T: Bristol Wells
|: g2 b afd | e/f/ge dBG | c2 e dBG | FAA A3 |
g2 b afd | e/f/ge dBG | c/d/ec B/c/dB | DGF G3 :|
|: dBG Bdg | dBG Bdg | bgd bgd | eAA A3 |
dBG Bdg | dBG Bdg | dgd B/c/dB | DGF G3 :|
Bristol Wells has been added to 7 tunebooks.
A country dance from the supplement to the 1755 volume of the Universal Magazine.
Ever played by an Irish musician ?
I don’t know if it was ever played by an Irish musician, however an Irish musician should be able to do a lot with a tune like this, should they feel inclined.
Q1. is this an English tune? It is somewhat remininicent of a Cotswold Morris dance dance tune called "Valentine".
Q2. in which country was the Universal Magazine published?
Q3. Do you have any other tunes from this source that you will be posting?
T: Bristol Wells
|: d/e/f |\
g2 b afd | e2 g dBG | c2 e dBG | FA^G AB/c/d |
g2 b afd | ecg dBG | c>de dBG | dgf g :|
|: A/B/c |\
dBG d2 g | dBG Bdg | bgd bgd | eA^G AA/B/c |
dBG d2 g | dBG Bdg | dgd B/c/dB | DGF G3 :|
Oops! ~ again… 😏 I must try to make up for lost sleep. 😉
Yes, I would say it’s English. The Universal Magazine was published in London but circulated throughout the British Isles and even the American colonies (it shows up in a Colonial Williamsburg index). I have copied all the dance tunes in the volumes that my library owns and will gradually post the better ones.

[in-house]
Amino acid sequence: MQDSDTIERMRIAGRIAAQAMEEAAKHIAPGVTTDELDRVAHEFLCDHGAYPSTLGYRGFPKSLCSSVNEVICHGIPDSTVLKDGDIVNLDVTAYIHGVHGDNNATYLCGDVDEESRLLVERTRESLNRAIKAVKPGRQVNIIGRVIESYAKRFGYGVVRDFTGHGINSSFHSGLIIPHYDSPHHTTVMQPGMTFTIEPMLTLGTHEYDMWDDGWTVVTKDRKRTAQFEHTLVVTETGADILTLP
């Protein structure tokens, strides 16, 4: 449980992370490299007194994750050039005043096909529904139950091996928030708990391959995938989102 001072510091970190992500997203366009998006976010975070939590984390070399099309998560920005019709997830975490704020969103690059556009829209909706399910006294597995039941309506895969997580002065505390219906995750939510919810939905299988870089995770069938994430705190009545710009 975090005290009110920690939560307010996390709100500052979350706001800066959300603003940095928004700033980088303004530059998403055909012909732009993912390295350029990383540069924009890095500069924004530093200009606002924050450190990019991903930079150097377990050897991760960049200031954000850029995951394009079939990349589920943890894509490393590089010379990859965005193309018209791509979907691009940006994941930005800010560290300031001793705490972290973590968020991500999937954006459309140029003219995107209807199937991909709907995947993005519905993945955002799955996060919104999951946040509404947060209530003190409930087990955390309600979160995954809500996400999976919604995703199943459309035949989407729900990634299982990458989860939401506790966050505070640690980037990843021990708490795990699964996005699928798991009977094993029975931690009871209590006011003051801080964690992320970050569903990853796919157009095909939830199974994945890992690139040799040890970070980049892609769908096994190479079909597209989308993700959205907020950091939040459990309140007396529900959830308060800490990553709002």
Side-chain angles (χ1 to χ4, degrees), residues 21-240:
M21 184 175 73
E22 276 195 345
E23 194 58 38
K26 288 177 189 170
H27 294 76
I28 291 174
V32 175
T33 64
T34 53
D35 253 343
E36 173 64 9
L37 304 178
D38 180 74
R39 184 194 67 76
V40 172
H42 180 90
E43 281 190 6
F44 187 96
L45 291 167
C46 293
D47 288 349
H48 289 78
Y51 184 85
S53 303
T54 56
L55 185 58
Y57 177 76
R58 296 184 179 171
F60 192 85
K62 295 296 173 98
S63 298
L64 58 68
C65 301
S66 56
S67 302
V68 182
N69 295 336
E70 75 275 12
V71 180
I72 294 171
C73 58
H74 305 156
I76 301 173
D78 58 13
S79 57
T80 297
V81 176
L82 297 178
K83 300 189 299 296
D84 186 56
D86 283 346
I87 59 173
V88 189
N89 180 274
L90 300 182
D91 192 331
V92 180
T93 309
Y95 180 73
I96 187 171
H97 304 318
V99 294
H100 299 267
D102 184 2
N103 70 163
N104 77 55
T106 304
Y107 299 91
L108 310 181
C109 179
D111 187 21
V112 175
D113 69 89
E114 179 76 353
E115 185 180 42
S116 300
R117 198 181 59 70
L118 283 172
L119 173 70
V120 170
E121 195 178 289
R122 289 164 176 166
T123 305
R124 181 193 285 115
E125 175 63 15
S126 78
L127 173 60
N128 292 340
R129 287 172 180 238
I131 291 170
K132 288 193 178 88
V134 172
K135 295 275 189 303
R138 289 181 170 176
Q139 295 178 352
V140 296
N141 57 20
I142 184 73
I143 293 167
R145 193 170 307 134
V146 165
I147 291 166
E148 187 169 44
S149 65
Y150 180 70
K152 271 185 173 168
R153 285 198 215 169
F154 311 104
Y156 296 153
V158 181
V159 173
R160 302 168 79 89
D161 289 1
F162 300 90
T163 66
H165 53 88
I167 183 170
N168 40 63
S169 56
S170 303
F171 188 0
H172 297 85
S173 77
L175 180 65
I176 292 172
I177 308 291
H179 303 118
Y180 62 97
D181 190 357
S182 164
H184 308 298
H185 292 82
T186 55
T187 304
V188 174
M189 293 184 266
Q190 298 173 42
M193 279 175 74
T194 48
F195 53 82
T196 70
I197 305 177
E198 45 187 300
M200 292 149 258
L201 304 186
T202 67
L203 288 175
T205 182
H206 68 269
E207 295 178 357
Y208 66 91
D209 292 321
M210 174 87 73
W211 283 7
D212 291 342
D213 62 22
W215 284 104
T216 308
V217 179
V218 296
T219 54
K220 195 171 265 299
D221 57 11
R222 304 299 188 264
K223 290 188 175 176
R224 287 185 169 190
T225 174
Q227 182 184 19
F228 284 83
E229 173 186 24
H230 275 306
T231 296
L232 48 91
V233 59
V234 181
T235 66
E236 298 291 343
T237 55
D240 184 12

The steps, if anyone is interested, are: First man foot it to the second woman and turn; first woman do the same; lead down through the third couple, and cast up one; right and left at top.
The tune was published with "A Song sung by Miss Stevenson."
"I am a young virgin that oft has been told,
I should try to get marry’d before I’m too old:
I took their advice, and got one in my eye,
Who, if i can’t have, I’m afraid I shall die.
Young Thyrsis is witty, well featur’d and tall,
His fellow swains own that he outdoes ‘em all,
When first I beheld him, I cannot tell why,
I thought I was going that moment to die."
Sexy stuff. Makes you realize what dancing was really all about… ; )
Oops… I didn’t see the verses on the second page. This stuff just gets better and better…
"Last Saturday eve, I remember the day,
I caught him saluting Clarinda, the gay;
That I envy’d each kiss, I will not deny,
And fervently pray’d that my rival might die.
Come Hymen and lend a young virgin your aid,
Who, without your assistance, must die an old maid;
To all my fond wishes make Thyrsis comply,
And, if i don’t have him, I wish I may die."
Thanks for taking the time… 😀
I wonder if the "wells" in the tune’s name relate to two particular wells in Bristol - viz. Hotwells, alongside the A4 Portway almost under the Clifton Suspension Bridge, and which was a hot spa famous throughout the country in the 18th century; and Jacob’s Well about a mile away near Brandon Hill in the centre of the city. Both wells have long been inaccessible to the public.
Does anyone know the author of the four-stanza poem quoted above? The classical literature allusions (Thyrsis, Hymen) would appear to indicate someone with a good classical background, not unusual in writers of the 17th and 18th centuries.
The "A" part of Bristol Wells is almost the same as that of a tune called The Tea Room in William Vickers’ collection (number 272 in "The Great Northern Tunebook").